abstract illustration of concentric circles punctuated by lines emanating from a clock in the middle of the drawing

The Time Machine

by H. G. Wells

Start Free Trial

How was the Time Traveller able to go back to his own time?

Expert Answers

An illustration of the letter 'A' in a speech bubbles

The book The Time Machine is, for the most part, a frame-story: that is, a story-within-a-story. The original narrator tells that he has met a man, known to readers simply as "the Time Traveller," who claims to have built a machine that can carry him forward and backward through the fourth dimension (time), just as other machines are able to carry objects forward and backward through the first three dimensions (space). The basic scientific principle at work is that the fourth dimension is no different from the first three.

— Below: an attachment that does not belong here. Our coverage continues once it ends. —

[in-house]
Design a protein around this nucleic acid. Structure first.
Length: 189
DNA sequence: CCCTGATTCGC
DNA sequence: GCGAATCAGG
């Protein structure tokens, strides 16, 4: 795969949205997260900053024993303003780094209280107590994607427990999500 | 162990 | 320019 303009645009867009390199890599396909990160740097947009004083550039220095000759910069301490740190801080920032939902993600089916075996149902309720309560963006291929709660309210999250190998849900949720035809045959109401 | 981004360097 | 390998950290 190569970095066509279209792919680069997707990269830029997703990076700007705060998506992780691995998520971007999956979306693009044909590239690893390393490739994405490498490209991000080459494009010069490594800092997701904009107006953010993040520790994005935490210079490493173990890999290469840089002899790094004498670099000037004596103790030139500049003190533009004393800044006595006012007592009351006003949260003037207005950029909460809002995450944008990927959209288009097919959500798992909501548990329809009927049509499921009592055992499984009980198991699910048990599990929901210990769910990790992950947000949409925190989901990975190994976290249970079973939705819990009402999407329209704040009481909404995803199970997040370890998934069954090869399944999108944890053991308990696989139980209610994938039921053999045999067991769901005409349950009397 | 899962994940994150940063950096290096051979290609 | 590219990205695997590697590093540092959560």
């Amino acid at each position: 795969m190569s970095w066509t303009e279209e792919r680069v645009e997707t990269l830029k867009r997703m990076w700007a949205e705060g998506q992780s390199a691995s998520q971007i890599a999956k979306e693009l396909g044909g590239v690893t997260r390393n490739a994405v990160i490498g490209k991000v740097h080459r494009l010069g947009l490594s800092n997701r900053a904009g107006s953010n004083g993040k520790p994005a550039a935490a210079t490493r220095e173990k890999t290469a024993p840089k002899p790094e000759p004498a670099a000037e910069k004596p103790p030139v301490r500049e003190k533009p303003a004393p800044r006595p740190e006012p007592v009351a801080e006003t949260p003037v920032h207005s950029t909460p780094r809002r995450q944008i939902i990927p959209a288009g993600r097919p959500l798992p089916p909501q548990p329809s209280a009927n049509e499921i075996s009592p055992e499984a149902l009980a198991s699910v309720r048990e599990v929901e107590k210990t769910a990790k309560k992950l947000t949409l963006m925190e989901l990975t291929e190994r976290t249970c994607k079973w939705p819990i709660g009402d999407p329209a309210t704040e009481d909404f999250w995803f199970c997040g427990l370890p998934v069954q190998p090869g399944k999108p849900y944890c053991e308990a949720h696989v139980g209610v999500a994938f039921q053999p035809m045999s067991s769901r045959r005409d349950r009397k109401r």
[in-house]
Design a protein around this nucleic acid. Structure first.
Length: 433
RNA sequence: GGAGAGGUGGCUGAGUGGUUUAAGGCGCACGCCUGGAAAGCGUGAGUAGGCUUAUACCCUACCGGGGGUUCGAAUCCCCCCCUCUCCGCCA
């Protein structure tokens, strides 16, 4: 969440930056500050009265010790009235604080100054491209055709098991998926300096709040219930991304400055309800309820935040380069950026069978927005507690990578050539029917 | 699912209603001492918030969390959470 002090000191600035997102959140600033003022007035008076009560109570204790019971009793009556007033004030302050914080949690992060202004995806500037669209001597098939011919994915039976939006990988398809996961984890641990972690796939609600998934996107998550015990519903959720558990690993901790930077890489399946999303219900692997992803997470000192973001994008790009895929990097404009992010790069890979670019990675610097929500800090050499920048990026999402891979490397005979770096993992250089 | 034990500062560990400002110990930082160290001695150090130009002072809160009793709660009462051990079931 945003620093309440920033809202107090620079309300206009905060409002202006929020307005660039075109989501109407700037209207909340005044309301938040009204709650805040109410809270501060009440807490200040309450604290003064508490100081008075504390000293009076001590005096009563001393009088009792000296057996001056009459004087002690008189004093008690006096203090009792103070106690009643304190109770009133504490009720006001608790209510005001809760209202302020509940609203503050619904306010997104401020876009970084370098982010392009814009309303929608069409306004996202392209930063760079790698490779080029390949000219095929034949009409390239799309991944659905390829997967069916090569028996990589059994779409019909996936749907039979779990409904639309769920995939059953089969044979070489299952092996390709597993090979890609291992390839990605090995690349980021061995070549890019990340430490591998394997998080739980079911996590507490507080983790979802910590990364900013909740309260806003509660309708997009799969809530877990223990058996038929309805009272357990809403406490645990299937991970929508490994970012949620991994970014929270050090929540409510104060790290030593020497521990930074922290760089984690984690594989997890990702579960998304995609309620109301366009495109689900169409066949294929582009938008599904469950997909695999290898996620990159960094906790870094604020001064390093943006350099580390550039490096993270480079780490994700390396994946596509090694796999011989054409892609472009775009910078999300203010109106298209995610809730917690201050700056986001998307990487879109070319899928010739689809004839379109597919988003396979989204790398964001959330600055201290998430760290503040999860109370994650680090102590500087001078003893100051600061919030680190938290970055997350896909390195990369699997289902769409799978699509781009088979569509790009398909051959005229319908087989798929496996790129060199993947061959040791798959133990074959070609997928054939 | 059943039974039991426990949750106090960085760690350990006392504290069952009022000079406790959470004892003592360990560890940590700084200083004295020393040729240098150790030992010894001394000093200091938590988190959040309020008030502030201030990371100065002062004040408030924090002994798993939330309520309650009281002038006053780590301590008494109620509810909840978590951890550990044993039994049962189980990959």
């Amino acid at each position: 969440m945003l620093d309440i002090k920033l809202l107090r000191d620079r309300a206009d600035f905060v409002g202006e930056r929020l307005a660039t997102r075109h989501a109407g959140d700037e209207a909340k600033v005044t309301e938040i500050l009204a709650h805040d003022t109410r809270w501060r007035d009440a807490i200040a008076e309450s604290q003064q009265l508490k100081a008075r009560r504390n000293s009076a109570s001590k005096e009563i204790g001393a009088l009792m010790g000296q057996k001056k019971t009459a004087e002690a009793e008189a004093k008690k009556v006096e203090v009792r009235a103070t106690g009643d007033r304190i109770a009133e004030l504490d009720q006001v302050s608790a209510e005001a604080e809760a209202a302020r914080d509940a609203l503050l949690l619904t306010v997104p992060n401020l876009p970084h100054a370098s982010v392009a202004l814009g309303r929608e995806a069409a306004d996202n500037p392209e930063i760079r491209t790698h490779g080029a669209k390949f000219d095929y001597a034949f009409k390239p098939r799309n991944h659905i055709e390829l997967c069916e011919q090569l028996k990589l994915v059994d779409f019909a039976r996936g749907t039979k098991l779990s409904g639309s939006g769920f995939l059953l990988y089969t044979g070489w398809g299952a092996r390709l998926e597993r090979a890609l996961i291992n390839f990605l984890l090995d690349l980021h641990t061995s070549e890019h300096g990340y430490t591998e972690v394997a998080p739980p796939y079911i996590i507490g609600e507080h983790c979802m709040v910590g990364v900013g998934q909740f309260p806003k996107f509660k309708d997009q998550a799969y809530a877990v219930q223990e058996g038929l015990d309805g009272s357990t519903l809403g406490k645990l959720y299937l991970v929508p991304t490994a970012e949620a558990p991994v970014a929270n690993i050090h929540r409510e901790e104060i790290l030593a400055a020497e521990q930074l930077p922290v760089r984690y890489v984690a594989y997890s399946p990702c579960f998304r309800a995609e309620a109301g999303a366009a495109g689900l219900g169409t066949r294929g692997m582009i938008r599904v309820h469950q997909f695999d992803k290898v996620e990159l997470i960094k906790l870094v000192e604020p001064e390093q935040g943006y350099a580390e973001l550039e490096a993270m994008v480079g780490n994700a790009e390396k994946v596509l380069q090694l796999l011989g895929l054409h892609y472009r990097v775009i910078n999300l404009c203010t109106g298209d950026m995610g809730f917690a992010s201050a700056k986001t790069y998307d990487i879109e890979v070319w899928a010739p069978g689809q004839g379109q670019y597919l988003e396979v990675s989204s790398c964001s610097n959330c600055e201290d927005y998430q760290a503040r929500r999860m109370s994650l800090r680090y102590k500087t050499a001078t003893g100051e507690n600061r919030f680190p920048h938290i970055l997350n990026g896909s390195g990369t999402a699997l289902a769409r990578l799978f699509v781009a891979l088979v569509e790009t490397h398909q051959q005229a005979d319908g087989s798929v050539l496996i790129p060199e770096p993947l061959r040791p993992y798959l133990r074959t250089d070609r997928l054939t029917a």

At a dinner party, the Time Traveller recounts how he has been able to use the machine to reach the distant future. First, he travelled to a time several hundred thousand years in the future, when human beings have degenerated into a small, child-like civilization of humans called the "Eloi" that feeds largely on fruits and vegetables and are hunted and killed for food by the so-called "Morlocks." Then, after recovering his machine from the Morlocks, who have been using it as bait to try to capture him, the Time Traveller went to a period tens of billions of years in the future, where he witnessed the death of the sun and the end of all life on earth. The Time Traveller returns from this later period to his own time using his own machine.

Approved by eNotes Editorial Team